About this Project
As of the summer of 2006 ADASR embarked upon a technology and information collaboration with the Earth Data Analysis Center (EDAC) at University of New Mexico at Albuquerque which focuses on our mutual interests in GIS, geography, and archaeology in arid regions. The ADASR project provided EDAC with the opportunity to extend its research into social dynamics, ancient agriculture, economics, and society in an arid region within the context of a traditional region of conflict, Israel being the oldest region of conflict in the world.
The initial demonstration project was supported in part by funds provided to the International Arid Lands Consortium (IALC) by the USDA Forest Service and by the USDA Cooperative State Research, Education, and Extension Service. The IALC was established in 1990 as a means to promote research, demonstrations, and training applied to development, management, restoration, and reclamation of arid and semiarid lands in North America, the Middle East, and elsewhere in the world.
Images presented in this web site were taken by Moti Haiman
in the frame of the Negev Emergency Survey conducted (1979-1990)
by the Archaeological Survey of Israel and the
Department of Antiquities
Authority since 1989), except when the photographer
Images presented in this web site were taken by Moti Haiman in the frame of the Negev Emergency Survey conducted (1979-1990) by the Archaeological Survey of Israel and the Department of Antiquities (Israel Antiquities Authority since 1989), except when the photographer is mentioned.The work demonstrated in this website includes:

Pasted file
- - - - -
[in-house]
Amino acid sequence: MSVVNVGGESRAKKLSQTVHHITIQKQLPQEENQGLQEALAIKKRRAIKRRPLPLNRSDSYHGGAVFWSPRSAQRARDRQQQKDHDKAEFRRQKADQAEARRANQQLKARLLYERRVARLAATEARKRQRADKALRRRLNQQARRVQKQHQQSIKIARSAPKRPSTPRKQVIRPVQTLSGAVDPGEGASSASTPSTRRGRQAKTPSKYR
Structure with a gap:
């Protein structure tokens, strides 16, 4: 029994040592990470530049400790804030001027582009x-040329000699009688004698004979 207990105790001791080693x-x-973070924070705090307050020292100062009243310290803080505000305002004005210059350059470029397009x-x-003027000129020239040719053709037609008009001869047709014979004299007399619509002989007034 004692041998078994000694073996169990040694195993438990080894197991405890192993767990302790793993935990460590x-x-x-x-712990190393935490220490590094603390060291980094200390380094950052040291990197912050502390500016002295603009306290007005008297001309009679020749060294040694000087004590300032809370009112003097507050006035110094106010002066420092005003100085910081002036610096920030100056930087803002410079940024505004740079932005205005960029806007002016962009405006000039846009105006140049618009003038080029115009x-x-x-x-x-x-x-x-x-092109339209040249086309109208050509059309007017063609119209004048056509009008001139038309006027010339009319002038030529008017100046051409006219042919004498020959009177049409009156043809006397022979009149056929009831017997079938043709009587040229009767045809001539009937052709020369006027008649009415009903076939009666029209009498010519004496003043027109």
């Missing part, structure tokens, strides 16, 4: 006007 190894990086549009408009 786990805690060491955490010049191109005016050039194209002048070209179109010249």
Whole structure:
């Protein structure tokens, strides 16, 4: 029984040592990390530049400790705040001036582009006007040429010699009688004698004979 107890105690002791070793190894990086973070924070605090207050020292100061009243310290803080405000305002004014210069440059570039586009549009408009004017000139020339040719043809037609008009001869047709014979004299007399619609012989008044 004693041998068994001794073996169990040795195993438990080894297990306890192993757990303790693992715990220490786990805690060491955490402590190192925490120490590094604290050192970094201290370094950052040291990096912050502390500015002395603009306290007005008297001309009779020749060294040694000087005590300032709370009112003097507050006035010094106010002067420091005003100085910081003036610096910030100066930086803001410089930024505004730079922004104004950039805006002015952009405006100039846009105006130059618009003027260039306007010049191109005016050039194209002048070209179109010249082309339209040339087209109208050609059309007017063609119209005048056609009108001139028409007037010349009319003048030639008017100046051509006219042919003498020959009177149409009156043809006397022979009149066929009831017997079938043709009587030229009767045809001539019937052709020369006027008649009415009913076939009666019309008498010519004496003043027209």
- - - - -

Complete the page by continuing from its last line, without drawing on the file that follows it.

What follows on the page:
- Results of the Archaeological surveys, excavations and studies as well as a database of the ancient desert agriculture sites. The last studies dated the systems to the 5th - 8th centuries C.E. and found that their distribution area spans about 5,000 sq. km. - twice the area that was estimated until recently.
Boundaries of the ancient desert agriculture can be seen in
this map, covering the Northern Negev, the Negev Highlands, some part
south to Gaza and west to Egypt.
- Results of experiments carried out by the Jewish National Fund to exploit ancient agricultural methods and systems to prevent desertification, to stabilize soil, and to harvest runoff water to subsist desert forestation.
- Education programs conducted at Nitzana - an education center located in the heart of the ancient agricultural region in the Negev. The programs aim to inherit the ancient agriculture studied as cultural heritage at various levels: participation in scientific field researches conducted by universities and training courses for students, school children, teachers, tourists etc.
- Extensive GPR (Ground Penetrating Radar) studies and correlated soil analysis with 3D sub-surface image modeling and integration with GIS, as conducted by Dr. Jessie Pincus as part of her doctoral program at Bar Ilan University under the direction of Dr. Moti Haiman, of sub-surface runoff and moisture distribution in the ancient agricultural terraces.
- At the core of all the work presented here is smart database technology which links our information, photos, images, and diagrams together in a GIS format which can be accessed across the Internet in an intelligently searchable manner. We are daily working on growing this database, where much of it is open to public access, and much of it is available selectively to qualified researchers in a secure manner. (See our form for research requests.)